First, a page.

Time is our most precious at-work commodity.
E-mail and PowerPoint usage dominate our workplaces.
Communication is the single most important career skill.
We can text everything, but should we??
This page is devoted to select research that helps you consider the issues of workplace productivity. Communication in business is our largest asset and our most costly to maintain. Yet it is something that we don't see easily. Business communication is expected and practised, but is it efficient and effective?Many of us know we could improve in this core area and we should. Technology has broken down the old barriers of walls and paper, but its advent produces other problems that we don't learn in colleges and universities - how to fashion/shape our message to various audiences in a way that is credible, clear and with shared understanding. Communication software like PowerPoint and Outlook are deceptively easy tools to use but without knowledge of developing the appropriate underlying message, we show off our ignorance.
The Research says...
Research shows inability to get to the point or the key message is a leading cause of confused workplace communication. As well, too much information and lack of a clear objective are also time-challenging culprits. A large part of the problem is coordinating technology to create high-impact messages. Technology should just be the medium with the speaker or writer controlling the message. Often this is not the case, resulting in poorly-aimed messaging draining audience and speaker/writer time.
Workplace communication skills are mission critical, but it’s not a visible burning platform so this area receives little focused attention. Consider these findings:
68% of employees must write well to do their jobs; for knowledge workers 40% of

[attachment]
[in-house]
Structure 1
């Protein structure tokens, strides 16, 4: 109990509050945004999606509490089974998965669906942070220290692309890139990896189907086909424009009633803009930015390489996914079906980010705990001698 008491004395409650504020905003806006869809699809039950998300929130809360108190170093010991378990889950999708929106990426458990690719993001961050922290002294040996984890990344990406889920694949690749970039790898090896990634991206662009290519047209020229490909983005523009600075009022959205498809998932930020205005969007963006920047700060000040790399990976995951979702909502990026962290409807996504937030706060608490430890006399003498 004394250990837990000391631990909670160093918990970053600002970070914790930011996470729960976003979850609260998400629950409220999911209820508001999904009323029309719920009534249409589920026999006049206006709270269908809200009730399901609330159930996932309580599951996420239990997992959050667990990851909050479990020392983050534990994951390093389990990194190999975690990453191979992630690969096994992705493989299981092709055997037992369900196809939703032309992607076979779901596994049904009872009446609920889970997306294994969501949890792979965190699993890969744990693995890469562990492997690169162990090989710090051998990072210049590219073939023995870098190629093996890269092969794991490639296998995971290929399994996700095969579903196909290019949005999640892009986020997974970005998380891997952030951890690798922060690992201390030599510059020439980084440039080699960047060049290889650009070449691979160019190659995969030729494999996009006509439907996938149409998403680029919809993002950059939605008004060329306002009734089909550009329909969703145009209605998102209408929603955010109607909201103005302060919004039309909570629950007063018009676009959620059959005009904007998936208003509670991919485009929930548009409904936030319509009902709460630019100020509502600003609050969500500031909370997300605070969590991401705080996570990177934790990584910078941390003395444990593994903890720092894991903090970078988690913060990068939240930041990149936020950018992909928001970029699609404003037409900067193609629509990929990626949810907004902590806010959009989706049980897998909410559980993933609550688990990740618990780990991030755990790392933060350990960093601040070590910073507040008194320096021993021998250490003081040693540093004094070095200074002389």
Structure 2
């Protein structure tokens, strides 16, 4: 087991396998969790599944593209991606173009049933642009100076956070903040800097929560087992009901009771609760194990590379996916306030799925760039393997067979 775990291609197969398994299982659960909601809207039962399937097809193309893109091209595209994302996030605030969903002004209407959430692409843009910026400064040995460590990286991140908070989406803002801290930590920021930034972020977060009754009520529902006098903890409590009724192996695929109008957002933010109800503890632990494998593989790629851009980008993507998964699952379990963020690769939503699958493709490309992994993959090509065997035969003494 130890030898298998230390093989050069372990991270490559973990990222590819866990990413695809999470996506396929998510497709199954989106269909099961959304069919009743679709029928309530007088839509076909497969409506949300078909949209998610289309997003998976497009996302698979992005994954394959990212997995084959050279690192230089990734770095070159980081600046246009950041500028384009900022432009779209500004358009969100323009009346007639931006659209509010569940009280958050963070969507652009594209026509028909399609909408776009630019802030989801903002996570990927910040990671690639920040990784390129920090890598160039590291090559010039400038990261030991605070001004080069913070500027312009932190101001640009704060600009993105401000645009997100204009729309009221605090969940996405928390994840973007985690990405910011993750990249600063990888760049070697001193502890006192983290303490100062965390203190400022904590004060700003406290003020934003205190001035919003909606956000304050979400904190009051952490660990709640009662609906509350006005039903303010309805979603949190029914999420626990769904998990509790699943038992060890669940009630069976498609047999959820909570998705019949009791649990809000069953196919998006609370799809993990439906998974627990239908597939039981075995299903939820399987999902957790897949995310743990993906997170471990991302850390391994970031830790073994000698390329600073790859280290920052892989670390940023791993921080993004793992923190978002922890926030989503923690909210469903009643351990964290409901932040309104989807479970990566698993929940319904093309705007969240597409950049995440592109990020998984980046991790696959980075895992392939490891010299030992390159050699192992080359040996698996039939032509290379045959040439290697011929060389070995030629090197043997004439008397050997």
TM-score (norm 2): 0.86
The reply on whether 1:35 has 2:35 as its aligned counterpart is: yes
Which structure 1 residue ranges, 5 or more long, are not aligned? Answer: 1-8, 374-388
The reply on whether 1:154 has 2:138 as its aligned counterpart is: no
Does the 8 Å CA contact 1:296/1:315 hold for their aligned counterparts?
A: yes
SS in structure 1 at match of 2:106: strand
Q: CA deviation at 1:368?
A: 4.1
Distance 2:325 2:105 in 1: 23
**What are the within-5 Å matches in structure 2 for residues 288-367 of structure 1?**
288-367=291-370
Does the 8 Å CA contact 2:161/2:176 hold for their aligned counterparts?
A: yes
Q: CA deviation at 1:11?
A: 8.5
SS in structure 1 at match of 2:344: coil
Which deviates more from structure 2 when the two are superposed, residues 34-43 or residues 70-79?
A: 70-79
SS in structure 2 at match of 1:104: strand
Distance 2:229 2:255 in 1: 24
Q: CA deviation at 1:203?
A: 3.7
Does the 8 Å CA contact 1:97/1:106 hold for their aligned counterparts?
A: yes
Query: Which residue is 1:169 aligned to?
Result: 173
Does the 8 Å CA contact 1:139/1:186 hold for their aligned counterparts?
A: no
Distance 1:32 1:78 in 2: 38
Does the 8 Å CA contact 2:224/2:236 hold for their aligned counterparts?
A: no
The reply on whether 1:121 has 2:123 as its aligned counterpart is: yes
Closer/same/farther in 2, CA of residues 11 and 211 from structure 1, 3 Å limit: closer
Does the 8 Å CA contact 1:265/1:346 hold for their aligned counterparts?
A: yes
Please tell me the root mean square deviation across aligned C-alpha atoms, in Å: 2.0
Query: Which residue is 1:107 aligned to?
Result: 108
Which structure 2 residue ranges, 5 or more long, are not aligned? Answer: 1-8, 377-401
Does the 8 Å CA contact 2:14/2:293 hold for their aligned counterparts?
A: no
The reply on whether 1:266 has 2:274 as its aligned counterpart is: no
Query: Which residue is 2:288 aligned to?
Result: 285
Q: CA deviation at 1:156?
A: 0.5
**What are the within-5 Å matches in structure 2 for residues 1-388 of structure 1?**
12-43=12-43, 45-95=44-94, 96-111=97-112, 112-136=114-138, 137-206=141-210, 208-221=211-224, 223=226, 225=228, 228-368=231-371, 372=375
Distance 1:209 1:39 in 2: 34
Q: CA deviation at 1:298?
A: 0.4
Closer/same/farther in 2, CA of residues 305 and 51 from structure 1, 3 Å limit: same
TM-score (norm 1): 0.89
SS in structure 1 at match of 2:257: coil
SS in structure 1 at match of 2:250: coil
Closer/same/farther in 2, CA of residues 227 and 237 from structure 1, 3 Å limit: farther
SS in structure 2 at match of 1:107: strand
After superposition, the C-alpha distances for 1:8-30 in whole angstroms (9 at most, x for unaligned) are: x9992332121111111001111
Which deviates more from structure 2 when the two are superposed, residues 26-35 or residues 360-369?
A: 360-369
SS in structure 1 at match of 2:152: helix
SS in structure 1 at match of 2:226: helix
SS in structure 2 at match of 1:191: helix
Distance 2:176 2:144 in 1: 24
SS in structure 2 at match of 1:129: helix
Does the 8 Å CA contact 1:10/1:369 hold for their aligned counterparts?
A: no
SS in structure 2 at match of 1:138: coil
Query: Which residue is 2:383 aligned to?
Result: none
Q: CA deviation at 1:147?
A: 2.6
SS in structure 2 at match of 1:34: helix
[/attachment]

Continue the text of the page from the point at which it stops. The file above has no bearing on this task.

their time is spent writing
Omnibus Surveys by Greenfield Research (USA) and Pollara Inc. (Canada) -2005
“the production of PowerPoint documents is a means to generate and legitimize
knowledge…shaping the decisions made…creating space where
new strategies and organizational changes are negotiated.”
Strategy and PowerPoint: An Inquiry into the Epistemic Culture and Machinery of Strategy Making, Prof. Sarah Kaplan, Rotman School of Management -2009
12% of corporate payrolls are spent annually on dealing with
low-value emails – either poorly written or needlessly
received – this equates to one hour per day per employee.
Email in the Workplace: Coping with Overload, Prof. Christina Cavanagh, Richard Ivey School of Business -2004
These statistics serve to support the importance of software based communications. There are also underlying suggestions that use and misuse of these tools has greater social and career impact that we may wish to believe.
- What do you think when you receive a poorly written email message from a subordinate or colleague?
- How do you react when you see a presentation with overly detailed visuals and a speaker who spends their talk time explaining the slide details or worse reading them?
Sadly, we see these situations happen every day. But these don't have to happen to YOU!
Communication in business is profitable. Failing to act results in continued lost opportunities to make a difference through enhancing your career or business interests. Please contact us now to learn more. We'd love to hear from you.